Researchers tackle waste associated with electric car batteries

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Researchers tackle waste associated with electric car batteries
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Researchers tackle waste associated with electric car batteries
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In recent years, electric cars have seen a surge in consumer interest amid  technological advancement and growing affordability. These vehicles cater to a relatively new sort of consumer – those who wish to leave a smaller carbon footprint. Yet, the hazardous waste associated with electric car batteries have created another issue to be addressed.

Although many consumers view electric cars as a more eco-friendly option, the exponential growth in production of car batteries begs an ironic question of waste pollution. Where do the batteries go when they’re replaced? After all, there are over one million electric cars on the road in the US alone.

Researchers at the University of Warwick have taken the question into serious consideration, and have created a method to both recycle and reuse the power sources. The technique, which uses retired 2 kWh batteries to power isolated or developing communities, is said to be capable of supplying enough energy for farms, shops, and residential homes. The exciting development prompted lead researcher James Marco to state, “This is a great result that not only provides a highly efficient repurposing solution for automotive batteries but which could also change lives in remote communities.”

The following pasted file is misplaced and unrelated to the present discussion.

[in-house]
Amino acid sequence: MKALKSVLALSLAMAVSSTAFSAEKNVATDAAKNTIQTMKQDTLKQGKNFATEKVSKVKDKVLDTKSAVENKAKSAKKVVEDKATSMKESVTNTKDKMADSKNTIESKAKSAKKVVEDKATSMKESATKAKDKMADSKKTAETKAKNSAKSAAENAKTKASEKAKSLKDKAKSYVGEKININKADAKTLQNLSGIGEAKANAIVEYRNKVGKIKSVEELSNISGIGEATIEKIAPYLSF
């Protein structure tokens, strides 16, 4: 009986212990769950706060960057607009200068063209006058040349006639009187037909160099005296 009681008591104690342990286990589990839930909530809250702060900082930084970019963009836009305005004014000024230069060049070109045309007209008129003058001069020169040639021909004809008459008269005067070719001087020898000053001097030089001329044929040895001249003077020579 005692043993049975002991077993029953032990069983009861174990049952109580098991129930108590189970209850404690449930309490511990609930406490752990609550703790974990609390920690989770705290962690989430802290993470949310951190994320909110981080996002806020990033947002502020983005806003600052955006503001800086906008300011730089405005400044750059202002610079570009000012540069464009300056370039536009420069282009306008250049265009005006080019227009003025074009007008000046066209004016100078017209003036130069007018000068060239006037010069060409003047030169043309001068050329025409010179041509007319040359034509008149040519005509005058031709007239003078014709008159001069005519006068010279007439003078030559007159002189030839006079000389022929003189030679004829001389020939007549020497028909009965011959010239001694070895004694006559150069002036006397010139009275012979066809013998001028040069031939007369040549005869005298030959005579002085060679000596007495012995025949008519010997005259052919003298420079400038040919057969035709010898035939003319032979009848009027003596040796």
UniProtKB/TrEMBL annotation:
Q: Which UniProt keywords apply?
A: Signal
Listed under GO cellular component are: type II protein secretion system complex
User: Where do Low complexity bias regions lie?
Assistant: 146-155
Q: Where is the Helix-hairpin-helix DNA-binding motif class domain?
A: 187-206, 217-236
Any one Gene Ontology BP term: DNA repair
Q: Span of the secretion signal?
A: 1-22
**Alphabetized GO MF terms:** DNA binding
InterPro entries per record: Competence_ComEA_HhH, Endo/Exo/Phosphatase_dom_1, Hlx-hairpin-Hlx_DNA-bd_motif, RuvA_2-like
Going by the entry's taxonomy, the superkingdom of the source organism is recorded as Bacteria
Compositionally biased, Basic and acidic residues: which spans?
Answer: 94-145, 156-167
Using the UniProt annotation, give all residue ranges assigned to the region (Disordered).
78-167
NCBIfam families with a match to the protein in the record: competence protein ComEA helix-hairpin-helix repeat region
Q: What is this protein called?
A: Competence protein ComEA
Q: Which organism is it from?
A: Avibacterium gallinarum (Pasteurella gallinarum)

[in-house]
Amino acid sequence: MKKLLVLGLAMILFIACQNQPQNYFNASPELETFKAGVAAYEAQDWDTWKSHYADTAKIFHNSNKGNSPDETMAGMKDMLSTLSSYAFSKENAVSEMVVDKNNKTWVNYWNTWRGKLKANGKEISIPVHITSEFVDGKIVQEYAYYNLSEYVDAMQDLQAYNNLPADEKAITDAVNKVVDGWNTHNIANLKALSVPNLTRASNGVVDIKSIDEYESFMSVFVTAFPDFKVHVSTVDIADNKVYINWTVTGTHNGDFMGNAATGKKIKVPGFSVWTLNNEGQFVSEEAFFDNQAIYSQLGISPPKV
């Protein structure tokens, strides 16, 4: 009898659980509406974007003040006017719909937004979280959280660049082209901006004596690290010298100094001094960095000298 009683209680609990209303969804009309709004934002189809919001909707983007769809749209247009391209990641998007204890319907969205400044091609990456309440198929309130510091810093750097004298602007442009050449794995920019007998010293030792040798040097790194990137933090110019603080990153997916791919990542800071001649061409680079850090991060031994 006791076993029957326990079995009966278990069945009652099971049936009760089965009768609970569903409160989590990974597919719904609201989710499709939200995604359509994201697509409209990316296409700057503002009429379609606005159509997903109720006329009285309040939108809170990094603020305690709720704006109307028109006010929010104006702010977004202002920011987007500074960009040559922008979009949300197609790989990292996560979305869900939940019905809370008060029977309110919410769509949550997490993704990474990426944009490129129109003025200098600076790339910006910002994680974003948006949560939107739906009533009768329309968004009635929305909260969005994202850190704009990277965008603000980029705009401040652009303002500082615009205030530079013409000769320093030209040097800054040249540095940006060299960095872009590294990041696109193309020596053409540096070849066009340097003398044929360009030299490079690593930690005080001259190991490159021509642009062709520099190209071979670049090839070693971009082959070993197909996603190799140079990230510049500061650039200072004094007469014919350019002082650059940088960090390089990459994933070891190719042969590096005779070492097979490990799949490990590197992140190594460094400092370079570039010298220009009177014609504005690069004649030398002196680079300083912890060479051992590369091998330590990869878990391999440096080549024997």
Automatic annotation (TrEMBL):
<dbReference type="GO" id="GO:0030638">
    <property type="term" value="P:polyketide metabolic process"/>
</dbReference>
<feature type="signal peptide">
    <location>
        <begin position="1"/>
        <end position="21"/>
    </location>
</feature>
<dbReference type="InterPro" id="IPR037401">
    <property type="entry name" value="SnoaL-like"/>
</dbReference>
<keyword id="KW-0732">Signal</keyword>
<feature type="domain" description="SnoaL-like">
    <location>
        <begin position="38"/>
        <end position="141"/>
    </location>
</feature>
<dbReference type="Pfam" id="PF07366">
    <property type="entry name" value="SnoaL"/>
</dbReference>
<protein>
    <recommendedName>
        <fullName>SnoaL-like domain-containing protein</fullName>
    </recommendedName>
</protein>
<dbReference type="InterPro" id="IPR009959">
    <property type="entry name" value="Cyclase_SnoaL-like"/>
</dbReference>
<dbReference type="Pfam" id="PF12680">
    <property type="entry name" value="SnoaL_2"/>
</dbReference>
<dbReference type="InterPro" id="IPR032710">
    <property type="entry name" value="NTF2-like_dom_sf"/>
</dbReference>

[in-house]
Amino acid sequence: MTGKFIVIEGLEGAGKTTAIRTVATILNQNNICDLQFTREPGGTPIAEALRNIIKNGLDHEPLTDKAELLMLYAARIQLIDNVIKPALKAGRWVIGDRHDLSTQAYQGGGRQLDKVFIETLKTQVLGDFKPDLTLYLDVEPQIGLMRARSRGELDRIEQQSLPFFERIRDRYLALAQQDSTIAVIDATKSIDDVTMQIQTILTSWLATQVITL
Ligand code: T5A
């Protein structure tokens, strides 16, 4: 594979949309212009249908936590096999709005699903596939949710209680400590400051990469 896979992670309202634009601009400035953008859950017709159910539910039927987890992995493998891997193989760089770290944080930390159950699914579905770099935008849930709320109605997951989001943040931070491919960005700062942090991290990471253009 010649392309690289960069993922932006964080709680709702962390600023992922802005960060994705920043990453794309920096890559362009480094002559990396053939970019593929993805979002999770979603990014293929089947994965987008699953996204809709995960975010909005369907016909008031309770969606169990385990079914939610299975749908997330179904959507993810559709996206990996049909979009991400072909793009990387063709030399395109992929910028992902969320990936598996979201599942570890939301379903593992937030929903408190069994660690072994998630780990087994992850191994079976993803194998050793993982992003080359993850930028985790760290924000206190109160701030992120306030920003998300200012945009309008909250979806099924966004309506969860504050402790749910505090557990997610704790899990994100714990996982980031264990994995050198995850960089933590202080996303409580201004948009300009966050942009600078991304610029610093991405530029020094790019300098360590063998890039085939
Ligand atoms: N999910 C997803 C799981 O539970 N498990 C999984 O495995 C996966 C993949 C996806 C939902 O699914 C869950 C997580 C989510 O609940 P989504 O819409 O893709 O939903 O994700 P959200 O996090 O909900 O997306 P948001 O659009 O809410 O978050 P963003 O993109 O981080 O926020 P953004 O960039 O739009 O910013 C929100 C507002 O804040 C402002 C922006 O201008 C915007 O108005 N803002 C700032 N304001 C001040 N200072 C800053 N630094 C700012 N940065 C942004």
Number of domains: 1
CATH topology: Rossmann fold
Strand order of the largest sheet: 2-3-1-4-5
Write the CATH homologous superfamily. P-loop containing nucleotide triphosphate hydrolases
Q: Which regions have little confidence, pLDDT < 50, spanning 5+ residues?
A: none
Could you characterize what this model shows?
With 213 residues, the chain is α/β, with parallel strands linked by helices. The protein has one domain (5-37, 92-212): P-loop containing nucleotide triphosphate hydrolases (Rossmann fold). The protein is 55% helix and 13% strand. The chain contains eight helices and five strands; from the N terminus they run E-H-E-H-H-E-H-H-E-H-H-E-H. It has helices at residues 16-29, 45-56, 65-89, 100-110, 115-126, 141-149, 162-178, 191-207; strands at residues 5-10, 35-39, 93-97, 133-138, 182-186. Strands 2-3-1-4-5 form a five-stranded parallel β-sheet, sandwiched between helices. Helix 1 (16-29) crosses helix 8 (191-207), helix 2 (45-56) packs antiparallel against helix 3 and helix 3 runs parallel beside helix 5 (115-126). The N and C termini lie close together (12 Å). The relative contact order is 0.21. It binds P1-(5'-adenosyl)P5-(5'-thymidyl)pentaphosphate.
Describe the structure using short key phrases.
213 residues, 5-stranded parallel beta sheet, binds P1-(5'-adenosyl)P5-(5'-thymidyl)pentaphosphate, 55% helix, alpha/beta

The endeavor’s future is due, in part, to the general consensus that a car’s battery must be replaced when its capacity drops by 80 percent or more. According to Marco, while the remaining 20 percent is too little to satisfy drivers, “it remains immensely useful for anyone who seeks to use the battery in a static situation.”

Nevertheless, as with many technological advancements, there are several challenges that the research team must overcome. These hurdles include: protecting the batteries from discharge and overcharge, making the energy storage systems (ESS) compatible with multiple manufacturers, keeping maintenance costs low, and ensuring that the ESS interface is easy to understand.

The University of Warwick research team has tackled these challenges head-on with the help of Jaguar Land Rover.  The company supplied batteries and components from the Jaguar I-PACE, their first all-electric performance SUV. In turn, the team has been able to develop a portable ESS prototype that aims to solve current concerns.

Despite the team still working to perfect the technology, Marco is already setting the project’s future goals. “We are now looking for support to allow these new units to be further developed and tested in remote or off-grid locations.” If successful, the experiment could provide America’s one million electric car batteries with a future home of sustainability and progress.

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